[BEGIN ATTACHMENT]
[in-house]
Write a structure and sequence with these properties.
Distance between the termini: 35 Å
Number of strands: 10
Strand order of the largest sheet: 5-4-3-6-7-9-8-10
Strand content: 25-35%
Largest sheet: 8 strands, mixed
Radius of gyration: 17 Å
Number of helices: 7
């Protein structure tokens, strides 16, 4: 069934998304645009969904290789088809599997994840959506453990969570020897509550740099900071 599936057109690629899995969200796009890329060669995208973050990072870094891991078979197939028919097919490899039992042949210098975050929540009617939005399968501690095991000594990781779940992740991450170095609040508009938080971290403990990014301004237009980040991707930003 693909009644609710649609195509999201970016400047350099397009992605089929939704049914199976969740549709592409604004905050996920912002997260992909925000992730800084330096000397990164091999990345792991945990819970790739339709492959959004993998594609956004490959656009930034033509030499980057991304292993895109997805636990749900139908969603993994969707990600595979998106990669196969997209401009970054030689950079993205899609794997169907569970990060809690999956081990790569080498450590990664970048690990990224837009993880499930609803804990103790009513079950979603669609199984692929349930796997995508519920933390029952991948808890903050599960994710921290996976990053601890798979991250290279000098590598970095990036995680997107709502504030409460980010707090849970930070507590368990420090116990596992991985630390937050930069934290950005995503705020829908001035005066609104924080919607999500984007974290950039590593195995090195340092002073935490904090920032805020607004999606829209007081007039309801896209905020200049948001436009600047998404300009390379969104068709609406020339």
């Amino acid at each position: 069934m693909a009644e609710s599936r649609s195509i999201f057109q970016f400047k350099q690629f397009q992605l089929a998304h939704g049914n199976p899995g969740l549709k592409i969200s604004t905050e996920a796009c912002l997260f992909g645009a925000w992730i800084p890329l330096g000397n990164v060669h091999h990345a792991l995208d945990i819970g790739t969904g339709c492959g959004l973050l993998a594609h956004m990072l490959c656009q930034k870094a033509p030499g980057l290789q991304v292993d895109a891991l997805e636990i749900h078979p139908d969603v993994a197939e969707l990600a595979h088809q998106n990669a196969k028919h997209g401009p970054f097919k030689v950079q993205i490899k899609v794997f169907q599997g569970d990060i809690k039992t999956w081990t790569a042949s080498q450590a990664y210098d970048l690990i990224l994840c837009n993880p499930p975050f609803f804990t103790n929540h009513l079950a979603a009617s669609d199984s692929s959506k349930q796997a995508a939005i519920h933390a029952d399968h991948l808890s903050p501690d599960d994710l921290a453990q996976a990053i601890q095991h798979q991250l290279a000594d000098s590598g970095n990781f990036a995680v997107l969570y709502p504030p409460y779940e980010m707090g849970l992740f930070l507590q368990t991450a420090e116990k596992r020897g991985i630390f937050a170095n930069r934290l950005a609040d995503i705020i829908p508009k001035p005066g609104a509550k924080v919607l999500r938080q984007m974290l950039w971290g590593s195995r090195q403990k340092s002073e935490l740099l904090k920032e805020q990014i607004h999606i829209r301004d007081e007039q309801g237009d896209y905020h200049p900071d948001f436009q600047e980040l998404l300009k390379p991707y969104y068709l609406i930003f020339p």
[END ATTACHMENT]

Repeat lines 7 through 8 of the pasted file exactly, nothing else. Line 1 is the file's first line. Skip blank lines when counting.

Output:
Largest sheet: 8 strands, mixed
Radius of gyration: 17 Å